The term “microsite” refers to branded content that exists independently from the main company website.
Microsites have their own URL and are typically used for specific campaigns or for posting ongoing content.
A blog, if it exists outside of the company’s main website, could be considered a microsite. Some popular examples of microsites include Blendtec’s WIllItBlend and Officemax’s ElfYourself. We’ll explore other examples and why they work in this article.
The top 3 benefits of creating a microsite
While creating a separate web entity for your business might seem like a hassle, there are quite a few benefits. Microsites do not necessarily have to be long-term projects. Many of them only exist for the duration of a marketing campaign. Here are three top benefits of creating a microsite:
1. Focused content
A microsite allows for more focused content. For example, if you run an e-commerce website that sells clothing, you could create microsites for specific brands or demographics. A visitor looking for children’s clothing specifically could visit your microsite without being distracted by other product pages that may not be of interest.
2. A place for experimentation
Do you have a great idea for a marketing campaign, but aren’t quite sure if it will be effective if you launch it site-wide? Microsites are easy and affordable to set up and are great for experimental and research purposes. You can even set up several microsites with different messages to see which one performs the best. The possibilities are endless!
Creating a unique, easy-to-remember URL for your microsite that’s relevant to focused content will allow users to find your website quickly. A low bounce rate will most definitely boost SEO for your website. Also, owning an assortment of keyword-rich domains is highly valued by search engines. However, you will want to be mindful of duplicate content. If you create a microsite, be sure there is no similar content on your main company page.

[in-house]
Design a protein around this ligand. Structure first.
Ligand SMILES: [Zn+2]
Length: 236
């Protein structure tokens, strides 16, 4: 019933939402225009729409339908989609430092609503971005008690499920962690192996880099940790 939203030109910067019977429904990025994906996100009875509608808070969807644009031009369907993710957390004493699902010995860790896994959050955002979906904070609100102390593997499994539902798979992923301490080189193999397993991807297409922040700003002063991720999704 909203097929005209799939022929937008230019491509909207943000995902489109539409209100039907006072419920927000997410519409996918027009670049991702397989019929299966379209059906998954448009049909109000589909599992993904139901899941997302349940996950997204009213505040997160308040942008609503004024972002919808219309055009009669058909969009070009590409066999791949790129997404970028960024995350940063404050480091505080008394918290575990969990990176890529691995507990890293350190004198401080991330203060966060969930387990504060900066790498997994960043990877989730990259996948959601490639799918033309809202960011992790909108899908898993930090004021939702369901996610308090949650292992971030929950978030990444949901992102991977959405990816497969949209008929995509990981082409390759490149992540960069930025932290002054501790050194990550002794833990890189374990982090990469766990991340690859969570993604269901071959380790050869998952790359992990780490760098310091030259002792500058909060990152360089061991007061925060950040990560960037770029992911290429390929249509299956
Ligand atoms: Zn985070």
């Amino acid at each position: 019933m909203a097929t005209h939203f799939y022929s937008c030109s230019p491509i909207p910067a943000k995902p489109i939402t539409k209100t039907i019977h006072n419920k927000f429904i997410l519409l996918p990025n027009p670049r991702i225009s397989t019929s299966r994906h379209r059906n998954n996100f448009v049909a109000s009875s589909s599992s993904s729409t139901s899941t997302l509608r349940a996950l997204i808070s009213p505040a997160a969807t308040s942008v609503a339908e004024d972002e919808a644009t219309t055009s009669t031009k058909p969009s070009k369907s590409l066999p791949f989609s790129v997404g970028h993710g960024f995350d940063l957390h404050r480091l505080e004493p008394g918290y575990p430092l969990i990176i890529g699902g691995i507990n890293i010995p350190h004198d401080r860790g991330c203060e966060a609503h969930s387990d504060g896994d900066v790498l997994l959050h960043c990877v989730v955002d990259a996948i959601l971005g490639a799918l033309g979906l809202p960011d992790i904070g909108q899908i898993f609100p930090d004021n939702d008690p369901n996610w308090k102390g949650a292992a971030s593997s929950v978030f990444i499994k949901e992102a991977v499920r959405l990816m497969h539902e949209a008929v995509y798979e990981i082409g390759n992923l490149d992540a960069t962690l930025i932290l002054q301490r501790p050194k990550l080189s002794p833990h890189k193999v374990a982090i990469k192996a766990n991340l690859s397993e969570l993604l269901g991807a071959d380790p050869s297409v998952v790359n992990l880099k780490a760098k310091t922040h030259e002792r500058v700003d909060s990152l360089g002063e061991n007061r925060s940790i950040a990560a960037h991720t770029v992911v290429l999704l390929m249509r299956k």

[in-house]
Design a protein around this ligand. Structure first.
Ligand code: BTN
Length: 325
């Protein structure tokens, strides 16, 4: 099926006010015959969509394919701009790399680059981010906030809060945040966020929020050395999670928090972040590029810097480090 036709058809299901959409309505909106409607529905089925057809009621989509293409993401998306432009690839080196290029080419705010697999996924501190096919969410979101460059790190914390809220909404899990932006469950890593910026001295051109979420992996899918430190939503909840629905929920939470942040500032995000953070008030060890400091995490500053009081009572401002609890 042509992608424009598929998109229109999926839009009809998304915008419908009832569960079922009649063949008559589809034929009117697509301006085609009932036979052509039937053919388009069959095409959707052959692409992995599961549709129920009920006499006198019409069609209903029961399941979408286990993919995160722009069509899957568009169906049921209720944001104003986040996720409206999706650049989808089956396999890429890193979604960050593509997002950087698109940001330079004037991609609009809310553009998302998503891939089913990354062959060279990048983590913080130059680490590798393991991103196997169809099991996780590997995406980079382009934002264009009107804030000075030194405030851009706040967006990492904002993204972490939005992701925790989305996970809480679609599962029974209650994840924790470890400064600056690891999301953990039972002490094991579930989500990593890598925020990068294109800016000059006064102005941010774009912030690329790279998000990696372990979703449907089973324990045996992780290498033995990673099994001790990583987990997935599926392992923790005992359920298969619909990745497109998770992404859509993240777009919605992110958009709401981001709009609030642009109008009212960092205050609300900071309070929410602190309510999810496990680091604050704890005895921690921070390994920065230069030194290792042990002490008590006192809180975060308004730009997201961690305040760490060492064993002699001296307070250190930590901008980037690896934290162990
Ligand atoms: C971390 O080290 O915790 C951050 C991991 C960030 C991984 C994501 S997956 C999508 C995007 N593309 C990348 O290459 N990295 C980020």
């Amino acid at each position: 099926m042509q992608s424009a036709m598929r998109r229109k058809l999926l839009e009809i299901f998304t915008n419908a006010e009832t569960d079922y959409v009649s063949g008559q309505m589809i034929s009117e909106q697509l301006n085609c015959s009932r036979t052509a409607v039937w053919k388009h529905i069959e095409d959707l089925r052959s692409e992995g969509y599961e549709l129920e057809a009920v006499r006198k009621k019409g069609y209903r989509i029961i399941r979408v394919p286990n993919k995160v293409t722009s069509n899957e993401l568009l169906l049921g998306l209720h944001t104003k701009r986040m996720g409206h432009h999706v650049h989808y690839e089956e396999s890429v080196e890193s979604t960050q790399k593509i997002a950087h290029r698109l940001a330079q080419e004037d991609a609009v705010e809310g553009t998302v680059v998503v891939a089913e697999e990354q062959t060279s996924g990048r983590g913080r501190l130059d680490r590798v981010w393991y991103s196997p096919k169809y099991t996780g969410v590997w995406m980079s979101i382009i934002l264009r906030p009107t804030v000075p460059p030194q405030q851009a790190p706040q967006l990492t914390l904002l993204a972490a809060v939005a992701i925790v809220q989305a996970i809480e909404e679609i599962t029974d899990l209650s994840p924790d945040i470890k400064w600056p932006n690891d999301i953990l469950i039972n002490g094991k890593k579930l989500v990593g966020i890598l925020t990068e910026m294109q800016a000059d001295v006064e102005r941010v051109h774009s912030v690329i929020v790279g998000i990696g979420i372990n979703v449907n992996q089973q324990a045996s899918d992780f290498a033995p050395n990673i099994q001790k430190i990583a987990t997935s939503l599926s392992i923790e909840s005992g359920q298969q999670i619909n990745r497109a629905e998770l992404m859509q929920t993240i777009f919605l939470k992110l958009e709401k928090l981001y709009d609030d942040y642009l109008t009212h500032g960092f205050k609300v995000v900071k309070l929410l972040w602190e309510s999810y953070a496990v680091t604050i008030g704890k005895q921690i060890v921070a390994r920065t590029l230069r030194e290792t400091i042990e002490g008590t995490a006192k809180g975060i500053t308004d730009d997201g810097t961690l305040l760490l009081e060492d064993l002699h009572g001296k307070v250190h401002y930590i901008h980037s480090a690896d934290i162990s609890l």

Microsites: 5 Companies doing it right
If you want to start using microsites for your business but aren’t sure where to start, look to these companies for inspiration. These microsites are creative, fun, focused, and encourage user interaction.
As part of its This is the Pepsi campaign, Pepsi worked with Google to create the microsite PepsiGoBack. This WebVR experience allows users to travel through time and witness Pepsi’s iconic moments. It’s a compelling interactive experience that uses new technology. There is definitely a cool factor with this microsite!
2. The Collaborative Fund
The Collaborative Fund is a group of entrepreneurs, internet companies, and investors working together to make the world a better place. Wanting to encourage the concept of car sharing, it created FutureofCarSharing.com. This simple microsite features an interactive infographic touting the environmental, social, and economic benefits of carsharing.
Music is personal. Many of us associate music with happy or sad memories. Spotify took hold of our personal relationship with music and created YearinMusic, a personalized, interactive microsite that displays statistics on your listening habits during the previous year. It’s easy to use and easy to share! The site also includes other music stats of interest such as Top Artists and Playlists.
4. Bolthouse Farms
Bolthouse Farms is committed to healthy food and a healthy planet. It combined its love of food with our persistent need to post pictures of our food on social media and created URWHATUPOST.com. The site shows real-time conversations on social media about healthy food vs. unhealthy foods. This colorful page is full of information and you can participate by using the hashtag #UrWhatUPost.
As a digital marketer, I continue to be impressed with Domino’s. The company is always forward-thinking in its advertising. Remember its order a pizza via emoji campaign? Of course, they make full use of microsites, along with WebVR technology. Check out DominosDXP, a fully-equipped, one-of-a-kind pizza delivery vehicle with a warming oven! The microsite allows the user to get a close look at the vehicle and all of its features and even go along for a ride.
All of these microsite examples are hyper-focused and interactive. Making use of new technology such as WebVR adds a cool factor that’s impossible to ignore. While many microsites are simplistic in design, the nature of microsites allows you to take risks.
Have these companies inspired any ideas for your first microsite? We’d love to hear about them!
Guest author: Richard Horvath started his career designing websites and is now the President of TheeDesign, an award-winning web design and digital marketing firm in Raleigh, NC. Richard works closely with small businesses and startups, creating visually appealing and SEO-friendly websites. He guarantees quality work and complete customer satisfaction. He recently opened a second agency in Houston, TX called TheeHouston.agency.